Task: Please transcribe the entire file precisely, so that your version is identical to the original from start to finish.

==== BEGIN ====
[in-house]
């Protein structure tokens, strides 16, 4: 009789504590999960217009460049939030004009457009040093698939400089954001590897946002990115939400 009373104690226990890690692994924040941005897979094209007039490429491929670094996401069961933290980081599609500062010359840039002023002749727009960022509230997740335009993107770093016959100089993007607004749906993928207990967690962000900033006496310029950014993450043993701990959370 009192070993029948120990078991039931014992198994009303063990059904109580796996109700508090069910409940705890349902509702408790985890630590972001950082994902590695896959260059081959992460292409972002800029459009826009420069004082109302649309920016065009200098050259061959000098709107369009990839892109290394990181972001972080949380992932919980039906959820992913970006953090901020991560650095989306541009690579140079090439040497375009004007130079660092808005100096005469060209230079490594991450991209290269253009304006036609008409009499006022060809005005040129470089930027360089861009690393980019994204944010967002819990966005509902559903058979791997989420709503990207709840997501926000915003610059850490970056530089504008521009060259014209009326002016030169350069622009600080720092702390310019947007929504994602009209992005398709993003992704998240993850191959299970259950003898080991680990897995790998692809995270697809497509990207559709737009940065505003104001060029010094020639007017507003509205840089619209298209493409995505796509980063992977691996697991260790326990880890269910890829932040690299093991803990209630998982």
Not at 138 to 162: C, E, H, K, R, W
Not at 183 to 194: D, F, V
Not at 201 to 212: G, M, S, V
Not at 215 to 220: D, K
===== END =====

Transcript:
[in-house]
């Protein structure tokens, strides 16, 4: 009789504590999960217009460049939030004009457009040093698939400089954001590897946002990115939400 009373104690226990890690692994924040941005897979094209007039490429491929670094996401069961933290980081599609500062010359840039002023002749727009960022509230997740335009993107770093016959100089993007607004749906993928207990967690962000900033006496310029950014993450043993701990959370 009192070993029948120990078991039931014992198994009303063990059904109580796996109700508090069910409940705890349902509702408790985890630590972001950082994902590695896959260059081959992460292409972002800029459009826009420069004082109302649309920016065009200098050259061959000098709107369009990839892109290394990181972001972080949380992932919980039906959820992913970006953090901020991560650095989306541009690579140079090439040497375009004007130079660092808005100096005469060209230079490594991450991209290269253009304006036609008409009499006022060809005005040129470089930027360089861009690393980019994204944010967002819990966005509902559903058979791997989420709503990207709840997501926000915003610059850490970056530089504008521009060259014209009326002016030169350069622009600080720092702390310019947007929504994602009209992005398709993003992704998240993850191959299970259950003898080991680990897995790998692809995270697809497509990207559709737009940065505003104001060029010094020639007017507003509205840089619209298209493409995505796509980063992977691996697991260790326990880890269910890829932040690299093991803990209630998982």
Not at 138 to 162: C, E, H, K, R, W
Not at 183 to 194: D, F, V
Not at 201 to 212: G, M, S, V
Not at 215 to 220: D, K